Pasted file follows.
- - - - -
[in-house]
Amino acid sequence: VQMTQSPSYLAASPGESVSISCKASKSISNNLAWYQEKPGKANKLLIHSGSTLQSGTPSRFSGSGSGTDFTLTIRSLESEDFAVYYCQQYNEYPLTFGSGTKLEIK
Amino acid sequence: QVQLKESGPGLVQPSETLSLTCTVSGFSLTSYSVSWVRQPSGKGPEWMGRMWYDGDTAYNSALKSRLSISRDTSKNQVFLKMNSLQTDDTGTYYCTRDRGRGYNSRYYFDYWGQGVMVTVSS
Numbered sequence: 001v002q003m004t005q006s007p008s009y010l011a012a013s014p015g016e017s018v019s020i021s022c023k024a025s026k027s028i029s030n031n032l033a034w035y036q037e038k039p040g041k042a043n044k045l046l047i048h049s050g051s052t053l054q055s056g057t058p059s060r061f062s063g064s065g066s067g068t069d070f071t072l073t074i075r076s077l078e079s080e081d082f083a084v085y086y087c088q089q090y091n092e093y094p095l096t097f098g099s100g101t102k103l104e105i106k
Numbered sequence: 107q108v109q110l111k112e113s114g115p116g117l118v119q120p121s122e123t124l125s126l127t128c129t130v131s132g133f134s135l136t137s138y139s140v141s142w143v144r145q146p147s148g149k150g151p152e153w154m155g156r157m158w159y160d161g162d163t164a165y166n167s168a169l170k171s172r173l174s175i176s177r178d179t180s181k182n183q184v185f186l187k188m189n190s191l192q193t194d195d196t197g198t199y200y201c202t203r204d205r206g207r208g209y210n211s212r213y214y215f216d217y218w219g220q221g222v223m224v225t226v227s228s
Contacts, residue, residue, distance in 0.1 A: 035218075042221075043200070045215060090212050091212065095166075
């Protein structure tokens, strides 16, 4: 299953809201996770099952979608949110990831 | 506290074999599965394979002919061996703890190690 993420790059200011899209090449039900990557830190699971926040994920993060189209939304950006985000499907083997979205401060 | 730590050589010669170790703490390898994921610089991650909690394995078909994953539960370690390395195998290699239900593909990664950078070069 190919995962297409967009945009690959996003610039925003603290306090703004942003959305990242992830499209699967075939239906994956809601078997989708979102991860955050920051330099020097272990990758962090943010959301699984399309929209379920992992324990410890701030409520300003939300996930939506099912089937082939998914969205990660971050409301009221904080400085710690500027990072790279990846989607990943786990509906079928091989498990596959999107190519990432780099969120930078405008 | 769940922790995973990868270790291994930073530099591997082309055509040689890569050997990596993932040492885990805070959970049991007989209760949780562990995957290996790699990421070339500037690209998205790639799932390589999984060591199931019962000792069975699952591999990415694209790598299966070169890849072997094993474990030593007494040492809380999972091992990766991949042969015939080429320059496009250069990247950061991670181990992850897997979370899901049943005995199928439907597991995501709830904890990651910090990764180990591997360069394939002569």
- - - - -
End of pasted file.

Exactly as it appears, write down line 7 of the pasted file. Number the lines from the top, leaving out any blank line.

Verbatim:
């Protein structure tokens, strides 16, 4: 299953809201996770099952979608949110990831 | 506290074999599965394979002919061996703890190690 993420790059200011899209090449039900990557830190699971926040994920993060189209939304950006985000499907083997979205401060 | 730590050589010669170790703490390898994921610089991650909690394995078909994953539960370690390395195998290699239900593909990664950078070069 190919995962297409967009945009690959996003610039925003603290306090703004942003959305990242992830499209699967075939239906994956809601078997989708979102991860955050920051330099020097272990990758962090943010959301699984399309929209379920992992324990410890701030409520300003939300996930939506099912089937082939998914969205990660971050409301009221904080400085710690500027990072790279990846989607990943786990509906079928091989498990596959999107190519990432780099969120930078405008 | 769940922790995973990868270790291994930073530099591997082309055509040689890569050997990596993932040492885990805070959970049991007989209760949780562990995957290996790699990421070339500037690209998205790639799932390589999984060591199931019962000792069975699952591999990415694209790598299966070169890849072997094993474990030593007494040492809380999972091992990766991949042969015939080429320059496009250069990247950061991670181990992850897997979370899901049943005995199928439907597991995501709830904890990651910090990764180990591997360069394939002569």